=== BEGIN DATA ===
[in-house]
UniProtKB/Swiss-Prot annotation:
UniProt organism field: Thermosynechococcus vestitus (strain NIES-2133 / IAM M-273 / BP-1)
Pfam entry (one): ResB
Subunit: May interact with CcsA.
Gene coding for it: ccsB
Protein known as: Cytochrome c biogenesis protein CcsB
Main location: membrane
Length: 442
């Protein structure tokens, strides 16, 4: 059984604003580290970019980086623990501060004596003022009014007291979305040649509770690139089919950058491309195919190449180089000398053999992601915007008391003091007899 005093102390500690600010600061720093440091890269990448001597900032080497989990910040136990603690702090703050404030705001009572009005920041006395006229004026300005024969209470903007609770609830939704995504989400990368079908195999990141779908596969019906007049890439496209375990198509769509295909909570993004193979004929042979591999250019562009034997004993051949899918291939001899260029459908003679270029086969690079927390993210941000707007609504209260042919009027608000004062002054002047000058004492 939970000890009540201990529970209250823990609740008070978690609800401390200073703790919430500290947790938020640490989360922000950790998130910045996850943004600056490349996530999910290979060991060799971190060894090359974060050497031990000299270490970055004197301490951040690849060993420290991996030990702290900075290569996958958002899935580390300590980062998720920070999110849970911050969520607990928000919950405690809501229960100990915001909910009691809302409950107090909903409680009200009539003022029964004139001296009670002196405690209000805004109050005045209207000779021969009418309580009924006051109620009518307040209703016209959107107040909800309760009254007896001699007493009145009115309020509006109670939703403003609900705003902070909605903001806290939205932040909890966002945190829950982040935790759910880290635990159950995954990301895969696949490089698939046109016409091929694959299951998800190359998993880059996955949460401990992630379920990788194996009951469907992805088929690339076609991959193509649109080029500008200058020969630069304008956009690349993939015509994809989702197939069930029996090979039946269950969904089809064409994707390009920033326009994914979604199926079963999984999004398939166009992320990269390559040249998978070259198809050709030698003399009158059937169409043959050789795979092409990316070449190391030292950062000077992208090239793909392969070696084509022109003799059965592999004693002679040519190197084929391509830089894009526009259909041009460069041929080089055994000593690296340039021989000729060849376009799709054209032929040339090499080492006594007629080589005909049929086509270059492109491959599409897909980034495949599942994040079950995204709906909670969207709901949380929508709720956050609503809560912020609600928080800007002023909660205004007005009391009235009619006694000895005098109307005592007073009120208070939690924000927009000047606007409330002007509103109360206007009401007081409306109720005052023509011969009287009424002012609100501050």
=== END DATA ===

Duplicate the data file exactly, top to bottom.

[in-house]
UniProtKB/Swiss-Prot annotation:
UniProt organism field: Thermosynechococcus vestitus (strain NIES-2133 / IAM M-273 / BP-1)
Pfam entry (one): ResB
Subunit: May interact with CcsA.
Gene coding for it: ccsB
Protein known as: Cytochrome c biogenesis protein CcsB
Main location: membrane
Length: 442
């Protein structure tokens, strides 16, 4: 059984604003580290970019980086623990501060004596003022009014007291979305040649509770690139089919950058491309195919190449180089000398053999992601915007008391003091007899 005093102390500690600010600061720093440091890269990448001597900032080497989990910040136990603690702090703050404030705001009572009005920041006395006229004026300005024969209470903007609770609830939704995504989400990368079908195999990141779908596969019906007049890439496209375990198509769509295909909570993004193979004929042979591999250019562009034997004993051949899918291939001899260029459908003679270029086969690079927390993210941000707007609504209260042919009027608000004062002054002047000058004492 939970000890009540201990529970209250823990609740008070978690609800401390200073703790919430500290947790938020640490989360922000950790998130910045996850943004600056490349996530999910290979060991060799971190060894090359974060050497031990000299270490970055004197301490951040690849060993420290991996030990702290900075290569996958958002899935580390300590980062998720920070999110849970911050969520607990928000919950405690809501229960100990915001909910009691809302409950107090909903409680009200009539003022029964004139001296009670002196405690209000805004109050005045209207000779021969009418309580009924006051109620009518307040209703016209959107107040909800309760009254007896001699007493009145009115309020509006109670939703403003609900705003902070909605903001806290939205932040909890966002945190829950982040935790759910880290635990159950995954990301895969696949490089698939046109016409091929694959299951998800190359998993880059996955949460401990992630379920990788194996009951469907992805088929690339076609991959193509649109080029500008200058020969630069304008956009690349993939015509994809989702197939069930029996090979039946269950969904089809064409994707390009920033326009994914979604199926079963999984999004398939166009992320990269390559040249998978070259198809050709030698003399009158059937169409043959050789795979092409990316070449190391030292950062000077992208090239793909392969070696084509022109003799059965592999004693002679040519190197084929391509830089894009526009259909041009460069041929080089055994000593690296340039021989000729060849376009799709054209032929040339090499080492006594007629080589005909049929086509270059492109491959599409897909980034495949599942994040079950995204709906909670969207709901949380929508709720956050609503809560912020609600928080800007002023909660205004007005009391009235009619006694000895005098109307005592007073009120208070939690924000927009000047606007409330002007509103109360206007009401007081409306109720005052023509011969009287009424002012609100501050």